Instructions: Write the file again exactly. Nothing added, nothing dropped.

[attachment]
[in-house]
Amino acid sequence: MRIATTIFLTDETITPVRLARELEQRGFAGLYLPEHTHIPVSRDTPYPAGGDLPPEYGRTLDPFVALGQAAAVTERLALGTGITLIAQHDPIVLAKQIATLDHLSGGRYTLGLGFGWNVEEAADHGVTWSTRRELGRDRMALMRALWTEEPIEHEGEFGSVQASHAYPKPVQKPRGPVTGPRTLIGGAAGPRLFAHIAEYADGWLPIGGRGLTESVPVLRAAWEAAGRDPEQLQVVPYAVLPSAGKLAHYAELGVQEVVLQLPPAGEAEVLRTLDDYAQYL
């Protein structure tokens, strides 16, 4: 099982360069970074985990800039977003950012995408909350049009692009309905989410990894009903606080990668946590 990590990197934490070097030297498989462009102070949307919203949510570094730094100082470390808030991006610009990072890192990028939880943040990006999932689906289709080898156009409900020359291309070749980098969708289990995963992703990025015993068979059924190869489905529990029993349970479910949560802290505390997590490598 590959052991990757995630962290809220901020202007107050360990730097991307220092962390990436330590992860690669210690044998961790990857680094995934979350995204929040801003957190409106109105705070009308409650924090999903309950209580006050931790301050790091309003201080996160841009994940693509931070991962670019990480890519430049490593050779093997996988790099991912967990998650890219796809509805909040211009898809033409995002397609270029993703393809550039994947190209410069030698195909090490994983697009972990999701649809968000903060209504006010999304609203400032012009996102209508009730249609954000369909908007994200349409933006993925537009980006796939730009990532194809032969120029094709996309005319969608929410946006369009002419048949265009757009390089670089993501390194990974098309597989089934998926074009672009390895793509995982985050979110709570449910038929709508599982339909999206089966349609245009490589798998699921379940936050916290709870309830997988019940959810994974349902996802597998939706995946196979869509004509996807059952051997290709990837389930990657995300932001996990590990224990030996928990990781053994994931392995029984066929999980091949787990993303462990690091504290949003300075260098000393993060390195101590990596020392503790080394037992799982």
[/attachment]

[in-house]
Amino acid sequence: MRIATTIFLTDETITPVRLARELEQRGFAGLYLPEHTHIPVSRDTPYPAGGDLPPEYGRTLDPFVALGQAAAVTERLALGTGITLIAQHDPIVLAKQIATLDHLSGGRYTLGLGFGWNVEEAADHGVTWSTRRELGRDRMALMRALWTEEPIEHEGEFGSVQASHAYPKPVQKPRGPVTGPRTLIGGAAGPRLFAHIAEYADGWLPIGGRGLTESVPVLRAAWEAAGRDPEQLQVVPYAVLPSAGKLAHYAELGVQEVVLQLPPAGEAEVLRTLDDYAQYL
């Protein structure tokens, strides 16, 4: 099982360069970074985990800039977003950012995408909350049009692009309905989410990894009903606080990668946590 990590990197934490070097030297498989462009102070949307919203949510570094730094100082470390808030991006610009990072890192990028939880943040990006999932689906289709080898156009409900020359291309070749980098969708289990995963992703990025015993068979059924190869489905529990029993349970479910949560802290505390997590490598 590959052991990757995630962290809220901020202007107050360990730097991307220092962390990436330590992860690669210690044998961790990857680094995934979350995204929040801003957190409106109105705070009308409650924090999903309950209580006050931790301050790091309003201080996160841009994940693509931070991962670019990480890519430049490593050779093997996988790099991912967990998650890219796809509805909040211009898809033409995002397609270029993703393809550039994947190209410069030698195909090490994983697009972990999701649809968000903060209504006010999304609203400032012009996102209508009730249609954000369909908007994200349409933006993925537009980006796939730009990532194809032969120029094709996309005319969608929410946006369009002419048949265009757009390089670089993501390194990974098309597989089934998926074009672009390895793509995982985050979110709570449910038929709508599982339909999206089966349609245009490589798998699921379940936050916290709870309830997988019940959810994974349902996802597998939706995946196979869509004509996807059952051997290709990837389930990657995300932001996990590990224990030996928990990781053994994931392995029984066929999980091949787990993303462990690091504290949003300075260098000393993060390195101590990596020392503790080394037992799982």